Intel is continuously working on new technologies and experiences. Not all of these develop into a product we choose to take to market. The Superlight [the codename for Vaunt] project is a great example where Intel developed truly differentiated, consumer augmented reality glasses. We are going to take a disciplined approach as we keep inventing and exploring new technologies, which will sometimes require tough choices when market dynamics don’t support further investment.


But… here are good news for techno freaks. Start-up called North introduces similar idea of normal-looking smart glasses. They’re called Focals and costs around $1,000. You can use calendar on them, send messages and receive ones, use voice remote (it has Alexa built-in) to play music, check the weather or hear the news. A great option is that you can use a navigation on them, which will show you the right way in your line of sight. Company says that their new device will appeal the masses because of its simple design and looking just like normal glasses. 

“Focals integrate technology within the silhouette of a traditional eyewear frame. The result? Technology that’s there when you need it, gone when you don’t – hidden by design.” says North on their website (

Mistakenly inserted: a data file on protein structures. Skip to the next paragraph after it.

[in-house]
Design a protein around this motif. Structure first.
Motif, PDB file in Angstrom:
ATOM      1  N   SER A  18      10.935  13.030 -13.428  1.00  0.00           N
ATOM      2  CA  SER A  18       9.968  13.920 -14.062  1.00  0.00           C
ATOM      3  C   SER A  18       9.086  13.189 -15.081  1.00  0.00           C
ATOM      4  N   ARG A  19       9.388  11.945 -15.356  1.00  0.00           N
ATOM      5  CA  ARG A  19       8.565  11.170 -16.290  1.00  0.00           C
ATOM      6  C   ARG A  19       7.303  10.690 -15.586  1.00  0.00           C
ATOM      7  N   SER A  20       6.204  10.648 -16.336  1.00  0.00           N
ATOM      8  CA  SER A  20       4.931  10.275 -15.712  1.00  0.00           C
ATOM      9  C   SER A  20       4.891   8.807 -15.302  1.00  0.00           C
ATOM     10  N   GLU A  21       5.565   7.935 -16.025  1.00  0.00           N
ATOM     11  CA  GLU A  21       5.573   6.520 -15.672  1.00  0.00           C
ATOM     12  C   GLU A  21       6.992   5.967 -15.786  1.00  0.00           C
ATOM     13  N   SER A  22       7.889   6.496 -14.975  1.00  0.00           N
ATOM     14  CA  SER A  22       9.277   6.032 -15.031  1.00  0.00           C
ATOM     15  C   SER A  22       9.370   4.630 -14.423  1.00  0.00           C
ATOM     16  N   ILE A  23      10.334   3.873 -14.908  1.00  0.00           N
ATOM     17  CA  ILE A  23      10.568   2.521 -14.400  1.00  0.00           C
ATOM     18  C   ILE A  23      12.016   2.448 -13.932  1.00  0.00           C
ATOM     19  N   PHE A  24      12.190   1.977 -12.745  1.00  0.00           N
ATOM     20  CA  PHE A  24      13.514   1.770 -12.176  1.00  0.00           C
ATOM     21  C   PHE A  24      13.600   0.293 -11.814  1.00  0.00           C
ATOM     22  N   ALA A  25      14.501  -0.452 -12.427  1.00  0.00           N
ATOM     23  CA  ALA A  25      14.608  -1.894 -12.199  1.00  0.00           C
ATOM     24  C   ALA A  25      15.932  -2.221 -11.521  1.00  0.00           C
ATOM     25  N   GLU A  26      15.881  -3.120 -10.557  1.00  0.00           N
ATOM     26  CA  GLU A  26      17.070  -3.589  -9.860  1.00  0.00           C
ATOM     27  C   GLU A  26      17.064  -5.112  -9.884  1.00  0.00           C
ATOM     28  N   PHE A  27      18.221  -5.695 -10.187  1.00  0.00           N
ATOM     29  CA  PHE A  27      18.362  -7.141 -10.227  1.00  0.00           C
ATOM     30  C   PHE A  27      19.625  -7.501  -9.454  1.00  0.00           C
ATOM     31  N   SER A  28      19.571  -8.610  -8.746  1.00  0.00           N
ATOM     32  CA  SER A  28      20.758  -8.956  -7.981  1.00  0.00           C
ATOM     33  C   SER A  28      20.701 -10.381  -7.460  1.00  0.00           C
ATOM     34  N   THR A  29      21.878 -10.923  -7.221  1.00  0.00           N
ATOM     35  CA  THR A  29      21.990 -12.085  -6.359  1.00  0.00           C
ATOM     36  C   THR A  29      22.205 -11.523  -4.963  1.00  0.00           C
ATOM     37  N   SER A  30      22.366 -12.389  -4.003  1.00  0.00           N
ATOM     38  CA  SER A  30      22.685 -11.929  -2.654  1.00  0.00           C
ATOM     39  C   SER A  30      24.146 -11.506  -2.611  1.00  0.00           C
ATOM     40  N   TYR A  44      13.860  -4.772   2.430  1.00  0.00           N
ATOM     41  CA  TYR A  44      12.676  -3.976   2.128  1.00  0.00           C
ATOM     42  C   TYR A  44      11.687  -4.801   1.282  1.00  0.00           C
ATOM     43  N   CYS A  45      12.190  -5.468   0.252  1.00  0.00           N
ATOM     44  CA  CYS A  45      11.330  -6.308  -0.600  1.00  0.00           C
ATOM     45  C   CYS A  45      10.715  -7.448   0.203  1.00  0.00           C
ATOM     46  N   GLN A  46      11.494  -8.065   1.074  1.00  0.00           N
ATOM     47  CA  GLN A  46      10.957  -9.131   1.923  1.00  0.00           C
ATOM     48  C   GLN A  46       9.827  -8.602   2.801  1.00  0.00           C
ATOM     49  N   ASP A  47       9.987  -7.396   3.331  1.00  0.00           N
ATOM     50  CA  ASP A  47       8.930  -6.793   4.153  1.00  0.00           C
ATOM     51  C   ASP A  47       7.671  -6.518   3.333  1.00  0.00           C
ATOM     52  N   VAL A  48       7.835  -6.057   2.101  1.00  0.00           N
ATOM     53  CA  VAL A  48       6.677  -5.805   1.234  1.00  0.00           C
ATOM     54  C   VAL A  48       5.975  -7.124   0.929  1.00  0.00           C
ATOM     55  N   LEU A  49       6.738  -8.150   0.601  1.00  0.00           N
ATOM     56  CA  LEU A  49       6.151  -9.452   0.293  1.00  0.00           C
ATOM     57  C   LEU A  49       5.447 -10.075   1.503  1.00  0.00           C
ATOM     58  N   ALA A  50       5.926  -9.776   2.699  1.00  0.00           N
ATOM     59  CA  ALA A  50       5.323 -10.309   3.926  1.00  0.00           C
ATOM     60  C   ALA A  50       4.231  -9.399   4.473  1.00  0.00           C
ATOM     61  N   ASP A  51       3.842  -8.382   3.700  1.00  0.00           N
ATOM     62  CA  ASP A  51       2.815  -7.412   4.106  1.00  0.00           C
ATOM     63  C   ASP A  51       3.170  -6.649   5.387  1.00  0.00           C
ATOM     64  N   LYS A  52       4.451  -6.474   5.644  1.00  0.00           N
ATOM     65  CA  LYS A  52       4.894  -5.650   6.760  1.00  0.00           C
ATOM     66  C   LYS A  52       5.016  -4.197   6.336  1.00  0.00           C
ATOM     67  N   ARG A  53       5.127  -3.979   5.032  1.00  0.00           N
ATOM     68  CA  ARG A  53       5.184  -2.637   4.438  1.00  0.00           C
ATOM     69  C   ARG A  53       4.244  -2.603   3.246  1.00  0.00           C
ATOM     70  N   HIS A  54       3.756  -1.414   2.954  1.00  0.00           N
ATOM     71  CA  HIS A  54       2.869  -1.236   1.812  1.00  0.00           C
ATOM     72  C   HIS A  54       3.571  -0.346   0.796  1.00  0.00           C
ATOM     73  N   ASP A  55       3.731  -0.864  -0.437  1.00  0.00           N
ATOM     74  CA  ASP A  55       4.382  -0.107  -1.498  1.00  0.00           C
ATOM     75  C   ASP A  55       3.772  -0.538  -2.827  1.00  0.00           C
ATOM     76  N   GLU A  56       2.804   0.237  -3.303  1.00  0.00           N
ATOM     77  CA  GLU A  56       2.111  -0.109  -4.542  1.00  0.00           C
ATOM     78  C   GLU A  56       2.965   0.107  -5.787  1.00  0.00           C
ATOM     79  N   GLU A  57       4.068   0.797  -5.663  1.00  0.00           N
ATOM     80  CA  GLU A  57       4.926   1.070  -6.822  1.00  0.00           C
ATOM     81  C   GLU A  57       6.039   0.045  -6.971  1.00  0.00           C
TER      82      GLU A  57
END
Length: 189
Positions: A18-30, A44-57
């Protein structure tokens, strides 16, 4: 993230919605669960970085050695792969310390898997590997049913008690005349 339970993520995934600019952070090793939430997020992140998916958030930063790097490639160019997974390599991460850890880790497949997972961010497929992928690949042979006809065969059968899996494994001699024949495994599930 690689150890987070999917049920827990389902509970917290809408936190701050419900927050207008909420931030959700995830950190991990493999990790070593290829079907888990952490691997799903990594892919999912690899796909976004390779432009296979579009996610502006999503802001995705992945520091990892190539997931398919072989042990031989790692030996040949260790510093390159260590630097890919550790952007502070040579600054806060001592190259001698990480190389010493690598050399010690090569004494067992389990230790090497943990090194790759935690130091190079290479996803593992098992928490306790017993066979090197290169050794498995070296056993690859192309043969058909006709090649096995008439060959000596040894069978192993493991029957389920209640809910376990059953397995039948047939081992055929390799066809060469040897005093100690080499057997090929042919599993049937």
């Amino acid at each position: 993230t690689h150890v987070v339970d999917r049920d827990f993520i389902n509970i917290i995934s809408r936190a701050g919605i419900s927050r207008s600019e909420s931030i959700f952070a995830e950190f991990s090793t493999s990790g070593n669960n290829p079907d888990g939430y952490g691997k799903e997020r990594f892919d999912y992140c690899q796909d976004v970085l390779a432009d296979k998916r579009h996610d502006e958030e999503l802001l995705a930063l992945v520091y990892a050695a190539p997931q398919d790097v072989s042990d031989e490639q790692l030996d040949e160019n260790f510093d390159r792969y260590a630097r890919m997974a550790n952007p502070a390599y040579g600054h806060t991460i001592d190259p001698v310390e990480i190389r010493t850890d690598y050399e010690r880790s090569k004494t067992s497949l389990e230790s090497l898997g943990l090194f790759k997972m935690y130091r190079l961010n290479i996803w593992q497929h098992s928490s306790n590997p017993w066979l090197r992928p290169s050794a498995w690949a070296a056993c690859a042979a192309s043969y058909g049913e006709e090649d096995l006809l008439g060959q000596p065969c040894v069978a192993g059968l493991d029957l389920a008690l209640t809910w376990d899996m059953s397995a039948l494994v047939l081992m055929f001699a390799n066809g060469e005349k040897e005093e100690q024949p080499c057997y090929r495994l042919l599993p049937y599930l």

You can interact with your smart device by using Loop which comes with it. It’s a 4-directional joystick which can be used for clicking – then you don’t even need to lift your hand to do anything.


The thing that distinguishes them from other smart glasses is that you can discreetly get the access to information you need and no one even have to know about it!

Lenses are custom made by North and design of frames is personalized, so you can decide how they look like. The included case has a built battery in it so you can charge them while not using.

North Focals



“The core philosophy of the product is about keeping you present in the world,” said Stephen Lake, North’s CEO and co-founder “It’s subtle and designed around the human experience.”



Well… What else can I say? In my opinion this device may be revolutionary and start a new era of smart electonics we use everyday. For now, there is nothing to do but wait what future will bring us.







Big boost for renewable energy

Reading Time: 2 minutes

As you probably know, using solar panels is a great way to generate electricity with benefits to the environment due to their green energy and lack of emissions when running.